This article was first published in the June 2020 Ireland edition of
Accounting and Business magazine.

As the country plots a way through the catastrophe of Covid-19, there will be much hopeful talk of rebirth across the economy, with the role of accountant set for its own renewal as trusted adviser, particularly to SMEs.

If a sense of renaissance is in the air, there can be few in the profession better suited to the description of renaissance figure than Eilis Quinlan FCCA. As principal of Quinlan & Co, the firm she founded in 1992, Quinlan’s passion for the SME sector has gained her a national profile, and the respect of her industry peers and the wider business community.

In May last year, she was named ACCA Accountant of the Year, an award that recognised her outstanding commitment to client service and her dedication to ACCA values, going on to be named as one of six regional advocacy award winners, representing Europe and Americas.

It was only one of two awards she received that month: Quinlan & Co was also named best small practice of the year at the Irish Accountancy Awards. Add to this Quinlan’s achievements beyond business and a distinctly rounded individual comes into view.  
In 2009, she was appointed chair of ISME, the Irish Small and Medium Enterprise association, where she proved to be a vocal champion of the sector at a critical time.

A passionate equestrian, she’s also a former member of the Irish international amateur showjumping team, winning the national championships in 2001, while in her youth, she played cello with both the National Youth Orchestra of Ireland and the RTÉ Chamber Orchestra. Quinlan is also, for good measure, a member of Mensa, and serves, among other roles, as non-executive director of Ballet Ireland and Life Credit Union.

When AB Ireland last interviewed Quinlan, the unique role SMEs play in the economy and local communities was also to the fore, as recession battered business confidence and shuttered high streets. She reflects how the intervening decade brought an impressive, if mixed, recovery. ‘Things had certainly improved and we were back to nearly full employment. The main streets of Ireland’s country towns never really recovered from the planning mistakes of the Celtic Tiger era but there were a lot of success stories and some great innovation on display. SMEs tend to want to grow while staying local and supporting their community. When the going gets tough they really do get going. They can adapt very easily and are always exciting to work with.’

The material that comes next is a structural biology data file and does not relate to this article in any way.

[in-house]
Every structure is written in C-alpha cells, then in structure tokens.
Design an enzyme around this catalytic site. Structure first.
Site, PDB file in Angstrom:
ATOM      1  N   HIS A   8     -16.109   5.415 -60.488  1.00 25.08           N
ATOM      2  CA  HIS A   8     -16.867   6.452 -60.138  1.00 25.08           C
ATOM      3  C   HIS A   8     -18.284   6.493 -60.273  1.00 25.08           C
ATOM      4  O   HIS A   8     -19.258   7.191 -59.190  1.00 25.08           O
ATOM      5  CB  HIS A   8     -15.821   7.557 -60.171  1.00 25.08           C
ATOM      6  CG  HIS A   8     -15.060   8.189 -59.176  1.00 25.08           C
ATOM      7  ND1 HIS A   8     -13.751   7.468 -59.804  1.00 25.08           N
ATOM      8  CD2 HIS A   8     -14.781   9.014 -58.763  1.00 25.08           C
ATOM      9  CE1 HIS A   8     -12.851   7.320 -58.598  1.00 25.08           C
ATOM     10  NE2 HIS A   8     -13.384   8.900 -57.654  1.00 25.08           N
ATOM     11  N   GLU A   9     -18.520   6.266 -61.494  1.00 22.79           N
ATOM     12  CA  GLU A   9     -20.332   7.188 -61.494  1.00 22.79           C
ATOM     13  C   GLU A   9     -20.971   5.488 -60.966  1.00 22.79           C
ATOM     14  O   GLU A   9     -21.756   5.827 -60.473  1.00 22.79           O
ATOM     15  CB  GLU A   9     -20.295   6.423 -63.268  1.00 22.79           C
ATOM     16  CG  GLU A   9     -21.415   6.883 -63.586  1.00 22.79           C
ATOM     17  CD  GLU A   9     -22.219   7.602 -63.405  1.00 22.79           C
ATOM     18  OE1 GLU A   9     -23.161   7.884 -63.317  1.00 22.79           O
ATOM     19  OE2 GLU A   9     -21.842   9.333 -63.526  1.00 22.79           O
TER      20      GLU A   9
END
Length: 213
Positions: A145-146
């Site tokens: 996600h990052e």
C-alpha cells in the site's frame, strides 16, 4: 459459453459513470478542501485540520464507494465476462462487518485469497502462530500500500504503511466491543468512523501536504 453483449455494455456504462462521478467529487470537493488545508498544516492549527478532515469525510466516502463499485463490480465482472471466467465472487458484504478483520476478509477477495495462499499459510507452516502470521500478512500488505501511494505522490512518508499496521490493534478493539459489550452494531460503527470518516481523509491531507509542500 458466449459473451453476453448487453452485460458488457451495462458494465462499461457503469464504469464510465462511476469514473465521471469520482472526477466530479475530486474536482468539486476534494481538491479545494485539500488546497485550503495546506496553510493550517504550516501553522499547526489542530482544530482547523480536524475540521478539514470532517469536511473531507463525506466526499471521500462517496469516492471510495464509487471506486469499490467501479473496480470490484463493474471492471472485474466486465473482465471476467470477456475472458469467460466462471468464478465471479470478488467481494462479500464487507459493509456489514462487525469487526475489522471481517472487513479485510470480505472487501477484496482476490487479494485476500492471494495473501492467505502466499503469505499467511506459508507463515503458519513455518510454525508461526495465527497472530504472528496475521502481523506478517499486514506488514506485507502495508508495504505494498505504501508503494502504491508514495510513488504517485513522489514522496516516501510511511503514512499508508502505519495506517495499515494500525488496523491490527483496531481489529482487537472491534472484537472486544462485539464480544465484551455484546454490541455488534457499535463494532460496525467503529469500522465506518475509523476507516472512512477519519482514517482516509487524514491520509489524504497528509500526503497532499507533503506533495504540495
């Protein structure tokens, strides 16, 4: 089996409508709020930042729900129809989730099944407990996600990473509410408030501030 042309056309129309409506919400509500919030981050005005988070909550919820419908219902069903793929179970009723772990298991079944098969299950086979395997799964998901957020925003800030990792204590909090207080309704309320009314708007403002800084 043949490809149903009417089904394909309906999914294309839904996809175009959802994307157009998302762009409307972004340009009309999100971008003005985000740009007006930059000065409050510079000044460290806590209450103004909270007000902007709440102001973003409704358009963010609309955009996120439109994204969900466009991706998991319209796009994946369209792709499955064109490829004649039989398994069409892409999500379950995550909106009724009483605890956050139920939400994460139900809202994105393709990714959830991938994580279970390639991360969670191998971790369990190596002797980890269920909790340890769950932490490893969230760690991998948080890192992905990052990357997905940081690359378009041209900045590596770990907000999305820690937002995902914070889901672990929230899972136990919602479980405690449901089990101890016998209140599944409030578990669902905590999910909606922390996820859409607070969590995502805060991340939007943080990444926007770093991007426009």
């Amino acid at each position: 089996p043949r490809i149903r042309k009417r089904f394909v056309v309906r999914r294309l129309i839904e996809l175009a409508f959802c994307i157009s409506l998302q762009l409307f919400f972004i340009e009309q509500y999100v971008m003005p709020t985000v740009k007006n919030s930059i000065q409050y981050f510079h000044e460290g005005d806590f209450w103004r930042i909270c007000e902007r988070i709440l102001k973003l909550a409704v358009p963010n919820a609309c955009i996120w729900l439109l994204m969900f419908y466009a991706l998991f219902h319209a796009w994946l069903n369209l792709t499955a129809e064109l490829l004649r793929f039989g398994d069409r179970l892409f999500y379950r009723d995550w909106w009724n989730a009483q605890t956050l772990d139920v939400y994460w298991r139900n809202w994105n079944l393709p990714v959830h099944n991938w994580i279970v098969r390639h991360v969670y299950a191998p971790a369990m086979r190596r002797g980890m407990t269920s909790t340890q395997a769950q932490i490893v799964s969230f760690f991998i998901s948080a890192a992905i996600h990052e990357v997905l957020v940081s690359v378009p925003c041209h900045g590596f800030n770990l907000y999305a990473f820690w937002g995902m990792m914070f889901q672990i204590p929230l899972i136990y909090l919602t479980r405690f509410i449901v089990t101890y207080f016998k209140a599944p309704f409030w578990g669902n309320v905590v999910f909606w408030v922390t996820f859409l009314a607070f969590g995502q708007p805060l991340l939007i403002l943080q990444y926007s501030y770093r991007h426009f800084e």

While SMEs have largely entered this new crisis without the unsustainable debt or property exposure of 12 years ago, Quinlan says the situation can still only be described as devastating. ‘The economic crash wasn’t long enough ago for people to have forgotten, and while interest rates are lower and there may be a range of supports, there will be a reticence among many SMEs to borrow while the future is uncertain.’

That said, she sees reason for optimism in the government’s early response to the pandemic. ‘A decade ago, I don’t think anyone really considered the plight of SMEs – the attention was on banks and bondholders. This time, there’s a sense that we’re all in this together. The government may not be able to do everything, but they are doing a lot.’

Indeed, she professes herself to be ‘astonished at how quickly and comprehensively the government has moved. It is keeping money in people’s pockets as well as keeping company and staff connected, which is really important.’